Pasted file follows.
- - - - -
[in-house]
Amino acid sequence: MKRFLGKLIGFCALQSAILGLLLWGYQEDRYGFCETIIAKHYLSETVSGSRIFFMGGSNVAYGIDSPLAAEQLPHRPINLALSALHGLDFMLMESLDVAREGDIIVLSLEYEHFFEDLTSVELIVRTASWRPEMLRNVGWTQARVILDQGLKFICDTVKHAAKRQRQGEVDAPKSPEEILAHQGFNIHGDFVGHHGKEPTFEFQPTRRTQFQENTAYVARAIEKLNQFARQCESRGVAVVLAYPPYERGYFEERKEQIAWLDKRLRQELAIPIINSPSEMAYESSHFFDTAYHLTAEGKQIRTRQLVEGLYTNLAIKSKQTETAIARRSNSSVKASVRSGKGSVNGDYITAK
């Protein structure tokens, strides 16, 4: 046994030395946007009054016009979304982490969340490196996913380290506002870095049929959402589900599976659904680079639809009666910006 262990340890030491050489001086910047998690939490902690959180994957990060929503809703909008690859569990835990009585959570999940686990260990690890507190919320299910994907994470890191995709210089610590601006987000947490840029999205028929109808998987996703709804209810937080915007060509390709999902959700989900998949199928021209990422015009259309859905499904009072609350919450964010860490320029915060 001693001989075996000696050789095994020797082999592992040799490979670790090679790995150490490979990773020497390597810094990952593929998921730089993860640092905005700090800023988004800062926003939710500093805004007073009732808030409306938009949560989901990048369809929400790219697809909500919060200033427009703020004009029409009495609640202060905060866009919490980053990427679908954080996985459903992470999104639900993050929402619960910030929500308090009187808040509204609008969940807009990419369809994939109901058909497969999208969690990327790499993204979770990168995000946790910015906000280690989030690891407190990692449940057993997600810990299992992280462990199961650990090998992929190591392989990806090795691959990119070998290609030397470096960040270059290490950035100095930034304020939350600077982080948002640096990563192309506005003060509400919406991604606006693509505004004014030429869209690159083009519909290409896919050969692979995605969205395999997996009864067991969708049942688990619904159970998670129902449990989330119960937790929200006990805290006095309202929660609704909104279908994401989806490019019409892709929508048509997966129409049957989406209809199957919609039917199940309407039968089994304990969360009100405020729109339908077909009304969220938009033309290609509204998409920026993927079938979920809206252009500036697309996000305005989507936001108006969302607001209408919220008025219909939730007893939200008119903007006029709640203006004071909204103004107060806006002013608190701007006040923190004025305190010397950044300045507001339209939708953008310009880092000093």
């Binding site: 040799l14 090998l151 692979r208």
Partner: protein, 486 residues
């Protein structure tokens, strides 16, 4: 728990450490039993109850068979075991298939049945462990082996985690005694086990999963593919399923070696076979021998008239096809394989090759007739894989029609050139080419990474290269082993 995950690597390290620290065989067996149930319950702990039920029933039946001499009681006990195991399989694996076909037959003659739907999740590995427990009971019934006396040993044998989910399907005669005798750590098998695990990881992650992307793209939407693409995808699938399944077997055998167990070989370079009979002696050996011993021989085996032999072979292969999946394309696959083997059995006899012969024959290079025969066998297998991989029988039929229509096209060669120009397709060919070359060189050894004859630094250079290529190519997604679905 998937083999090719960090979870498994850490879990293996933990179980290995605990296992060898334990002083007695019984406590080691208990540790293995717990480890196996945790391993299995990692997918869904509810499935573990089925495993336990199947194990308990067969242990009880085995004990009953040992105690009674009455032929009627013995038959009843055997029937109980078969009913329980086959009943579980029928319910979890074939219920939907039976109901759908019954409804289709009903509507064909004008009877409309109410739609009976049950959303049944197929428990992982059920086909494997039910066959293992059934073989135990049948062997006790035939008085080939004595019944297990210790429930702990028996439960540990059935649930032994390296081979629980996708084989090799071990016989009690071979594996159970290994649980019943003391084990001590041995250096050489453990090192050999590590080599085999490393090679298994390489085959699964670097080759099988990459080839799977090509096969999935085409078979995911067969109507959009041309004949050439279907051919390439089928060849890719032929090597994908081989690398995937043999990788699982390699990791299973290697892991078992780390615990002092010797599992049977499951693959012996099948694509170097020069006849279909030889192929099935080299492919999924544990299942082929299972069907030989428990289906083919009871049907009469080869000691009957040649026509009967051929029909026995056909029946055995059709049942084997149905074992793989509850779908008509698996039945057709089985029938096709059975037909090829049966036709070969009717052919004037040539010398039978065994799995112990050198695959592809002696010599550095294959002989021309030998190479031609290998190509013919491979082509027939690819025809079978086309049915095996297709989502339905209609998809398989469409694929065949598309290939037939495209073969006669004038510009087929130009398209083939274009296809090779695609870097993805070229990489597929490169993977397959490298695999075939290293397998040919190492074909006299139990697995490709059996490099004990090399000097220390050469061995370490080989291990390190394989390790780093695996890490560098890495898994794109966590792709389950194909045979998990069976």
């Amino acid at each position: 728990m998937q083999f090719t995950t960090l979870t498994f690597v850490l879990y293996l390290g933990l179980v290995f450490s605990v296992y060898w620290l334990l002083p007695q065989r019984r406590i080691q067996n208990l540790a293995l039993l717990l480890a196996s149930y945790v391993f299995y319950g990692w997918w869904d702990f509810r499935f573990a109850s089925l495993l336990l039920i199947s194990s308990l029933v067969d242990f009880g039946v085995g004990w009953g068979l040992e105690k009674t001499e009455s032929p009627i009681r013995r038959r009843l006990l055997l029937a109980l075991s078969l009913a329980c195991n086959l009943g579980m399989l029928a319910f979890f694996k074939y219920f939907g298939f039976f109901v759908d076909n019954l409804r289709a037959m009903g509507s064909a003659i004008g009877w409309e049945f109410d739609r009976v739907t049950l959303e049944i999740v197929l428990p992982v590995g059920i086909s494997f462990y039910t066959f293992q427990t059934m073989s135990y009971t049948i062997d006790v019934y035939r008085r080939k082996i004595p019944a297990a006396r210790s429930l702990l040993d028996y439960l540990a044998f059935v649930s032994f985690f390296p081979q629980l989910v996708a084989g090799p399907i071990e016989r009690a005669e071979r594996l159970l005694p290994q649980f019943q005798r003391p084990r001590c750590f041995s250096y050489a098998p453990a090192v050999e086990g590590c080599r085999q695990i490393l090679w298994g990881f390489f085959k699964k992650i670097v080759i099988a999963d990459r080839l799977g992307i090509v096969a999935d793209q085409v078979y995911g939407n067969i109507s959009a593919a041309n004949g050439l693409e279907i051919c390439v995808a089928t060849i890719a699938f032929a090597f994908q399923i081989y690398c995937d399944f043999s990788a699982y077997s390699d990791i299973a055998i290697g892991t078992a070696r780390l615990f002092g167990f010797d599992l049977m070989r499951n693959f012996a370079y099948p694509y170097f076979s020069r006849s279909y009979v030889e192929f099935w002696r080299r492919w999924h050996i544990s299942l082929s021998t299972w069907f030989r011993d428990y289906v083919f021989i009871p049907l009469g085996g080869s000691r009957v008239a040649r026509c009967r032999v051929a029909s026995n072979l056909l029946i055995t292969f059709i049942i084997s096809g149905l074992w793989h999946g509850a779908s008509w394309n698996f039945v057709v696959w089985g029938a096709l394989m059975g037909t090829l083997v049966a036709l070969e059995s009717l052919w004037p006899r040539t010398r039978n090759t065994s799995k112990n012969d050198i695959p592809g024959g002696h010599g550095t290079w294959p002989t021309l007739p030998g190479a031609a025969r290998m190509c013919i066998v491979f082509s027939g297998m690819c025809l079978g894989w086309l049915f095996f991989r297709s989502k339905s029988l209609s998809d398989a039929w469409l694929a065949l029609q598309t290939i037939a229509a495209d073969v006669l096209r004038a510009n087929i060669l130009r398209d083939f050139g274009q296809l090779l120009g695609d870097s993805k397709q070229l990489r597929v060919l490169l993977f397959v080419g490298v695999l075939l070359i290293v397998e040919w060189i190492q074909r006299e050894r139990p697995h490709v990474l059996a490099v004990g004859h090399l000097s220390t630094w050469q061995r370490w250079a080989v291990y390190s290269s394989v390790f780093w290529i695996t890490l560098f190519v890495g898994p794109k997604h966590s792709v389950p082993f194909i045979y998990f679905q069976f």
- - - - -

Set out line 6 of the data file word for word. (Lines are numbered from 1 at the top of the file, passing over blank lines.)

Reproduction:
């Protein structure tokens, strides 16, 4: 728990450490039993109850068979075991298939049945462990082996985690005694086990999963593919399923070696076979021998008239096809394989090759007739894989029609050139080419990474290269082993 995950690597390290620290065989067996149930319950702990039920029933039946001499009681006990195991399989694996076909037959003659739907999740590995427990009971019934006396040993044998989910399907005669005798750590098998695990990881992650992307793209939407693409995808699938399944077997055998167990070989370079009979002696050996011993021989085996032999072979292969999946394309696959083997059995006899012969024959290079025969066998297998991989029988039929229509096209060669120009397709060919070359060189050894004859630094250079290529190519997604679905 998937083999090719960090979870498994850490879990293996933990179980290995605990296992060898334990002083007695019984406590080691208990540790293995717990480890196996945790391993299995990692997918869904509810499935573990089925495993336990199947194990308990067969242990009880085995004990009953040992105690009674009455032929009627013995038959009843055997029937109980078969009913329980086959009943579980029928319910979890074939219920939907039976109901759908019954409804289709009903509507064909004008009877409309109410739609009976049950959303049944197929428990992982059920086909494997039910066959293992059934073989135990049948062997006790035939008085080939004595019944297990210790429930702990028996439960540990059935649930032994390296081979629980996708084989090799071990016989009690071979594996159970290994649980019943003391084990001590041995250096050489453990090192050999590590080599085999490393090679298994390489085959699964670097080759099988990459080839799977090509096969999935085409078979995911067969109507959009041309004949050439279907051919390439089928060849890719032929090597994908081989690398995937043999990788699982390699990791299973290697892991078992780390615990002092010797599992049977499951693959012996099948694509170097020069006849279909030889192929099935080299492919999924544990299942082929299972069907030989428990289906083919009871049907009469080869000691009957040649026509009967051929029909026995056909029946055995059709049942084997149905074992793989509850779908008509698996039945057709089985029938096709059975037909090829049966036709070969009717052919004037040539010398039978065994799995112990050198695959592809002696010599550095294959002989021309030998190479031609290998190509013919491979082509027939690819025809079978086309049915095996297709989502339905209609998809398989469409694929065949598309290939037939495209073969006669004038510009087929130009398209083939274009296809090779695609870097993805070229990489597929490169993977397959490298695999075939290293397998040919190492074909006299139990697995490709059996490099004990090399000097220390050469061995370490080989291990390190394989390790780093695996890490560098890495898994794109966590792709389950194909045979998990069976």